(1) the date on which the judgment of conviction becomes final; (2) the date on which the impediment to making a motion created by governmental action in violation of the Constitution or laws of the United States is removed, if the movant was prevented from making a motion by such governmental action; (3) the date on which the right asserted was initially recognized by the Supreme Court, if that right has been newly recognized by the Supreme Court and made retroactively applicable to cases on collateral review; or; (4) the date on which the facts supporting the claim or claims presented could have been discovered through the exercise of due diligence.

28 U.S.C. § 2255(f). Massey’s conviction became final 90 days after the Fifth Circuit affirmed his conviction on December 8, 2010, when the time for seeking certiorari in the United States Supreme Court expired. See United States v. Gamble , 208 F.3d 536, 537 (5th Cir. 2000). This Court received Massey’s motion for relief on February 2, 2012, which was within the one-year limitation period. Massey therefore timely filed his section 2255 motion. B. Procedural Bar

“Relief under 28 U.S.C. § 2255 is reserved for transgressions of constitutional rights and for a narrow range of injuries that could not have been raised on direct appeal and would, if condoned, result in a complete miscarriage of justice.” United States v. Gaudet , 81 F.3d 585" date_filed="1996-04-30" court="5th Cir." case_name="United States v. Gaudet">81 F.3d 585, 589 (5th Cir. 1996)(quoting United States v. Vaughn , 955 F.2d 367" date_filed="1992-03-11" court="5th Cir." case_name="United States v. Billy Ray Vaughn">955 F.2d 367, 368 (5th Cir. 1992)(per curiam)). Aside from ineffective assistance of counsel, see Massaro v. United States , 538 U.S. 500" date_filed="2003-04-23" court="SCOTUS" case_name="Massaro v. United States">538 U.S. 500 (2003), a petitioner may not raise an issue for the first time on collateral review without showing both “cause” for his default and “prejudice attributed thereto,” or without demonstrating that the federal court’s failure to review the defaulted claim will result in a “fundamental miscarriage of justice.” United States v. Frady , 456 U.S. 152" date_filed="1982-05-24" court="SCOTUS" case_name="United States v. Frady">456 U.S. 152, 164-65 (1982); United States v. Segler , 37 F.3d 1131, 1133 (5th Cir. 1994).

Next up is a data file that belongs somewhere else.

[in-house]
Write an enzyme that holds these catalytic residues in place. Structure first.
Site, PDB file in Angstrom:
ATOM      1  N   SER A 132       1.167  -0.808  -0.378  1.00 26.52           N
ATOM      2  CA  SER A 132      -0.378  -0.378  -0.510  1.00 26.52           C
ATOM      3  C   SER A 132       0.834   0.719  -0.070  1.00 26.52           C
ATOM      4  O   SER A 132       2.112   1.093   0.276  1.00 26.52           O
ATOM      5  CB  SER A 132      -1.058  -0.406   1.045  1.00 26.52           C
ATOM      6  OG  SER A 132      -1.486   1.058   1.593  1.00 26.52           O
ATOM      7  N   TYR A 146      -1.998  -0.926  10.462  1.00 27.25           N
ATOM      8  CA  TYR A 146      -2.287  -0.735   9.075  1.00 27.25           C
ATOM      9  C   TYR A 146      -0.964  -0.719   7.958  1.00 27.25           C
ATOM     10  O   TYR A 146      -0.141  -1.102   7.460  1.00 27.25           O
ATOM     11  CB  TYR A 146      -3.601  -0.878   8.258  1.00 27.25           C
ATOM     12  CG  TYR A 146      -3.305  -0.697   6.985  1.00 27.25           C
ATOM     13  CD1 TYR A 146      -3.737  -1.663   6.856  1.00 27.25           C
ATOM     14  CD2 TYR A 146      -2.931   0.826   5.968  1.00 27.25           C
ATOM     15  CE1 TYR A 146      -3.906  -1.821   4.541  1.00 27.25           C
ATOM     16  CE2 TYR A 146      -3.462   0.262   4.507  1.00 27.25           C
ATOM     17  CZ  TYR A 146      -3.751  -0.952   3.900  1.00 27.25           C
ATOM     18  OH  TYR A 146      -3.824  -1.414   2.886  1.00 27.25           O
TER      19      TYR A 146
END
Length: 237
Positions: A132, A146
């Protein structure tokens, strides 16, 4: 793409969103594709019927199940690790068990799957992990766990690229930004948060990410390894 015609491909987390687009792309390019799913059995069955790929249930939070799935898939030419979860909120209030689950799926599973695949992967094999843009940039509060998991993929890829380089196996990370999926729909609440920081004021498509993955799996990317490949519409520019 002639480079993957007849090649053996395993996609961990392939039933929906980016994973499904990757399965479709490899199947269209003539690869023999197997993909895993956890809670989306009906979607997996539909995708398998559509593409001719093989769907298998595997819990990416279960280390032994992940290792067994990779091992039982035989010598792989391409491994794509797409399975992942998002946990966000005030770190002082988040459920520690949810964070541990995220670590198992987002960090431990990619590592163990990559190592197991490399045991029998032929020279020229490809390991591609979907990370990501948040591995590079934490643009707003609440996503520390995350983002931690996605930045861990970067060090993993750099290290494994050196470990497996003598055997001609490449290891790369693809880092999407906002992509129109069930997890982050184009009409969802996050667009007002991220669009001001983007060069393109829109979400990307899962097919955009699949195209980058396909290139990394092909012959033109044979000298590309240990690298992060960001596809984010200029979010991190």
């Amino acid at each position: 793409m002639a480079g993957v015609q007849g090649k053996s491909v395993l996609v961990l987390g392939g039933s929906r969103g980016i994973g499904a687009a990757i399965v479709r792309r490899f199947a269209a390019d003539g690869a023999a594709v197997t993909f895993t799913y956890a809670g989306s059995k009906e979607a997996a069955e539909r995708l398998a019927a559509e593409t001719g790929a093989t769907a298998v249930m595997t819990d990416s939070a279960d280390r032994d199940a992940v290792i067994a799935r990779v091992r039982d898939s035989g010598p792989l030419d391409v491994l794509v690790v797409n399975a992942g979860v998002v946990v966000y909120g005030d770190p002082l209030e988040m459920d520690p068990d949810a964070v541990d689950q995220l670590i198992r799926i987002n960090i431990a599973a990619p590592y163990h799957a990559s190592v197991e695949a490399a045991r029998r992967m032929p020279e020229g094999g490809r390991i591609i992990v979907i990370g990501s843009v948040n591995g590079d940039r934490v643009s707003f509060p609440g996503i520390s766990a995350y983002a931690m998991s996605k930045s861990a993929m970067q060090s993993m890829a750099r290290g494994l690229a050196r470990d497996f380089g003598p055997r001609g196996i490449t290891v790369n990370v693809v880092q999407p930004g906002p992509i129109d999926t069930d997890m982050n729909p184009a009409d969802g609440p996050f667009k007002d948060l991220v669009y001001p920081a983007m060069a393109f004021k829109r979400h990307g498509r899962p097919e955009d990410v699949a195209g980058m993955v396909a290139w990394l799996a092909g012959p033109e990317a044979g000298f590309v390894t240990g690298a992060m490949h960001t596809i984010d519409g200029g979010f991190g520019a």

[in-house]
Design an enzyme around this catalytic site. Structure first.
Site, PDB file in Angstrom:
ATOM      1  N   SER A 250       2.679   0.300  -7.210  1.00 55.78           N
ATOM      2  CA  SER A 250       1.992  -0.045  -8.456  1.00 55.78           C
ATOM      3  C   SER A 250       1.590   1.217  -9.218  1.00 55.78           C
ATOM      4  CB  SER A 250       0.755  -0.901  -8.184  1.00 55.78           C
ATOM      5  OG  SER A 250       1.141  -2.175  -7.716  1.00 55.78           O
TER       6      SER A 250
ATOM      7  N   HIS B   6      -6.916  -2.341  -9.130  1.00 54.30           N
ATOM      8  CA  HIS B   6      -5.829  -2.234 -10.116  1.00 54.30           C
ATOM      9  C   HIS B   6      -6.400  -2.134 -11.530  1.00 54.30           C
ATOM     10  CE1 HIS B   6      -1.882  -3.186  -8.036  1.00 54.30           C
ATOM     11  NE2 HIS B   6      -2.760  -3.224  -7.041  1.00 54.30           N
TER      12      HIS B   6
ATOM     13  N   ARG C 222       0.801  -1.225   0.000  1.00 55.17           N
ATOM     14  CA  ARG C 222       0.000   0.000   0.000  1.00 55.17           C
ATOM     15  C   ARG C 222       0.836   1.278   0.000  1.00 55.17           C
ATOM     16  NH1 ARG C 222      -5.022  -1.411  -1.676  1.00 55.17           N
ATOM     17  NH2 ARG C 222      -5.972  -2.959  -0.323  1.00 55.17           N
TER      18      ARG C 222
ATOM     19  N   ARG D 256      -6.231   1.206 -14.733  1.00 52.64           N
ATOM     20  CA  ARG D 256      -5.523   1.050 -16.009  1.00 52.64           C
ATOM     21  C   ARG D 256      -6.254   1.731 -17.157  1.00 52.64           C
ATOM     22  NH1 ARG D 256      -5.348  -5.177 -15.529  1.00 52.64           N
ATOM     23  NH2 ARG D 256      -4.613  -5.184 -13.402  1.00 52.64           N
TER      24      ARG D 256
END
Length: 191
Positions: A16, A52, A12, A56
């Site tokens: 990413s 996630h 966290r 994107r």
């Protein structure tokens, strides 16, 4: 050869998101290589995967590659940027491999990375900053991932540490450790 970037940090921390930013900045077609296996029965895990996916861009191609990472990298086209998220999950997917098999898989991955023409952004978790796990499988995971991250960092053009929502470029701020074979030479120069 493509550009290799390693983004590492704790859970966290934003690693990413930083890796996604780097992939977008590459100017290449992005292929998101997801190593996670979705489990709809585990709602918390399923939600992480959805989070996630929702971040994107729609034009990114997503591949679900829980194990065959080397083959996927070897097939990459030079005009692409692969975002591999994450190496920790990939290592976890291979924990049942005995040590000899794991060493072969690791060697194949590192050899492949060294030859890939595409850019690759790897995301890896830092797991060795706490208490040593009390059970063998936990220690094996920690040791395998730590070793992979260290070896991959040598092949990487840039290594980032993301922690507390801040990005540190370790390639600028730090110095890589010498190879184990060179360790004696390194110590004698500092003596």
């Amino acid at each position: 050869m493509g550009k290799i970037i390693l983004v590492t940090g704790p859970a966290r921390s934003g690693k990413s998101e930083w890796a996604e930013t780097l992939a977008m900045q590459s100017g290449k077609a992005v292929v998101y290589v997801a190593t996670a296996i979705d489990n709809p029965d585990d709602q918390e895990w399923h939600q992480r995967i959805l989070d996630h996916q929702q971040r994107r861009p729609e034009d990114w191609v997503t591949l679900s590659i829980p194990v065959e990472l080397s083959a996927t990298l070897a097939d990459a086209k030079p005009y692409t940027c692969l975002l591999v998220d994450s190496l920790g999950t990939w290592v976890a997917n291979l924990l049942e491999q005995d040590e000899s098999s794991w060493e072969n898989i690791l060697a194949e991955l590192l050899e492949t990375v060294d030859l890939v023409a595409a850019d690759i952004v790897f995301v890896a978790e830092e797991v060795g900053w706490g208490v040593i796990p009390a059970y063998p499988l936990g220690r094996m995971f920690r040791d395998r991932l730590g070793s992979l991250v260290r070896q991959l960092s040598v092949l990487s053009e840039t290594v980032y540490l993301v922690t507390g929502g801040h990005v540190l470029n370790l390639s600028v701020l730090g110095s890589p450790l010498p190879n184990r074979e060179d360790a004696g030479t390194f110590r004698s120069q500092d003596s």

Here, Massey raised several claims of error in his direct appeal, namely, the introduction of hearsay statements, a challenge to the sufficiency of the evidence, and the failure of the Court to depart downwardly. The Fifth Circuit rejected all of these claims and affirmed the Court’s judgment. [13] Massey did not claim either that the firearm counts were multiplicitous or that the firearm was merely present during the commission of his offense - nor does he now explain his failure to raise these claims on direct appeal. Massey merely asks the Court to review his current claims “in the interest of justice,” [14] which is insufficient to establish cause. See United States v. Robinson , 323 Fed. Appx. 340, 342 (5th Cir. 2009)(“To show cause for a procedural default, a movant must show that some objective factor external to the defense prevented him from raising on direct appeal the claim he now advances.”)(citing United States v. Guerra , 94 F.3d 989" date_filed="1996-09-25" court="5th Cir." case_name="United States v. Robert Rolando Guerra">94 F.3d 989, 993 (5th Cir. 1996))(internal quotations omitted). Because Massey did not raise either issue on direct appeal and has not established cause for this default, his current claims are procedurally barred. Furthermore, Massey fails to demonstrate that the failure to review these claims would result in a fundamental miscarriage of justice. See Frady , 456 U.S. 152" date_filed="1982-05-24" court="SCOTUS" case_name="United States v. Frady">456 U.S. at 172. C. Certificate of Appealability